In Israel, Women Get Smicha, Prompting RCA To Reaffirm Its Ban
search

In Israel, Women Get Smicha, Prompting RCA To Reaffirm Its Ban

Orthodox feminists respond with 1,000 signatures on petition supporting leadership roles for women.

Hannah Dreyfus is a staff writer at the New York Jewish Week. She covers abuses of power in non-profit and religious settings. She heads up the Investigative Journalism Fund, an initiative to fill a gap in investigative and enterprise reporting. Reach her at hannah@jewishweek.org

A photo from a Yeshivat Maharat graduation, awarding smicha to its graduates in June 2015. Courtesy of Yeshivat Maharat.
A photo from a Yeshivat Maharat graduation, awarding smicha to its graduates in June 2015. Courtesy of Yeshivat Maharat.

The Rabbinical Council of America, the largest group of Orthodox rabbis, reaffirmed its position against the ordination of women in a resolution issued on Friday that reiterated nearly identical statements made in 2010 and 2013.

Current developments regarding women’s ordination in Israel caused the membership to speak out, RCA executive vice president Mark Dratch told the Jewish Week.

“New institutions in Israel have been ordaining women, and as part of the larger community we felt the need to speak out,” he said, specifying the recent actions of Rabbi Herzl Hefter, founder and Rosh Beit Midrash Har’el in Jerusalem, and Rabbi Shlomo Riskin, founding chief rabbi of Efrat, two prominent Orthodox rabbis who have selected in the recent past to ordain women.

Rabbi Jeffrey Fox, head of Yeshivat Maharat, has referred to the mutual influence between Israel and America as “cross pollination.”

“The reality of women’s leadership in America mirrors what happens in Israel,” he told the Jewish Week after Rabbi Riskin, former spiritual leader of Lincoln Square Synagogue, named Jennie Rosenfeld the first female spiritual leader in Efrat. “Progress there means progress here.”

The resolution stated that RCA members may not ordain women under a title other than rabbi; put a woman in a rabbinic position or give a woman teacher of Jewish studies a title implying rabbinic ordination.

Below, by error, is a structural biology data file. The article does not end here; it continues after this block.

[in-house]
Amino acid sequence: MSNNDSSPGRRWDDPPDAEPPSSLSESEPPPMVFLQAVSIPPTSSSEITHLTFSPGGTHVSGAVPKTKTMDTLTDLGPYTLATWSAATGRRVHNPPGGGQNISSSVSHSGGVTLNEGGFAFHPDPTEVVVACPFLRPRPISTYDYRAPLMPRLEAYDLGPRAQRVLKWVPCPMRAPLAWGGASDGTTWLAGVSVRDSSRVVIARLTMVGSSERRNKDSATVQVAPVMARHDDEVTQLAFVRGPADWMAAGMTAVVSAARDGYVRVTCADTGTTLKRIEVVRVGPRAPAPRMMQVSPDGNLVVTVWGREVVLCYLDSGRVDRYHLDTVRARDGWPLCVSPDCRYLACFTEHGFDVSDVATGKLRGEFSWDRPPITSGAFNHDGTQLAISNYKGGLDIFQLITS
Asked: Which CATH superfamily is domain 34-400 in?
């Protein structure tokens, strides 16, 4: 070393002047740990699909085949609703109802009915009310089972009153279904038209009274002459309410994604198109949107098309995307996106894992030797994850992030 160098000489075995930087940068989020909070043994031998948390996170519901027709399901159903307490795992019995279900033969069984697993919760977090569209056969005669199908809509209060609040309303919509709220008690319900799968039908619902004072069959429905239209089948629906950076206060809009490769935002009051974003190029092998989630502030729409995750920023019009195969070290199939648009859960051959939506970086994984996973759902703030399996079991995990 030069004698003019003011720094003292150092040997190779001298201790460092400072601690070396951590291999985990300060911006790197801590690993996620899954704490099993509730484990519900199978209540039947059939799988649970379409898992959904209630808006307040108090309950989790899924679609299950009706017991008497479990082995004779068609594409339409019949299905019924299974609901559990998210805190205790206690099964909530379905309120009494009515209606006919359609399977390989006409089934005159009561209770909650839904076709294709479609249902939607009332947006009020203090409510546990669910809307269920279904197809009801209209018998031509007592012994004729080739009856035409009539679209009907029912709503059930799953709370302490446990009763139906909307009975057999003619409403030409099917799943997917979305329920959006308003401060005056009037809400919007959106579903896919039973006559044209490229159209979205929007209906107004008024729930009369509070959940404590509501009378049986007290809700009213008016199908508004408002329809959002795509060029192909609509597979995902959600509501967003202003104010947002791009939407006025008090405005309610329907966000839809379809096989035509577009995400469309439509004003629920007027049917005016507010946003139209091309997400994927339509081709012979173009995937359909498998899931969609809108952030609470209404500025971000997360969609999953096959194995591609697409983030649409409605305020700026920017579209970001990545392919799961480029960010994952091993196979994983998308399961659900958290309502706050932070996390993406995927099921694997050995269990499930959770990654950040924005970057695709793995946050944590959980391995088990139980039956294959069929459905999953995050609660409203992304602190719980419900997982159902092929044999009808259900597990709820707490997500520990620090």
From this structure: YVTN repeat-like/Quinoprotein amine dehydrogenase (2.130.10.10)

In response to the resolution, the Jewish Orthodox Feminist Alliance (JOFA) circulated an online petition entitled “We Support Women in Orthodox Leadership Roles.” They have received over 1,000 signatures in less than 24 hours. Using the hashtag “Humans of JOFA,” the organization also began a campaign featuring prominent Orthodox voices in support of leadership roles for women.

“We believe individual communities and all of Klal Yisrael can only benefit from the inclusion of the voices and ideas of highly trained and committed women in positions of communal authority,” the petition reads.

The RCA did include in its resolution what it considers “appropriate” professional opportunities for learned women. These include yoatzot halacha (advisers on Jewish law), community scholars, Yeshiva University’s Graduate Program for Women in Advanced Talmudic Study, and non-rabbinic school teachers. “So long as no rabbinic or ordained title such as ‘maharat’ is used in these positions, and so long as there is no implication of ordination or a rabbinic status, this resolution is inapplicable,” the resolution concludes.

Maharat is an acronym meaning female spiritual, legal and Torah leader. It is a designation granted by Yeshivat Maharat, an institution for women in Riverdale, New York, founded by Rabbi Avi Weiss. The resolutions released by the RCA in 2010 and 2013 were responding to the founding of Yeshivat Maharat, and the first ordination of its graduations, respectively.

Though the resolution was one of four annual resolutions voted on by RCA members over the past month — the other three regarded BDS, racism and the agunah crisis — it was the only one to be featured as “New and Noteworthy” on the RCA’s homepage and mass emailed to RCA affiliates. It was also the only resolution of the four to be voted on directly by the RCA membership, as opposed to by the resolutions committee, Dratch added.

Hannah@jewishweek.org

read more:
comments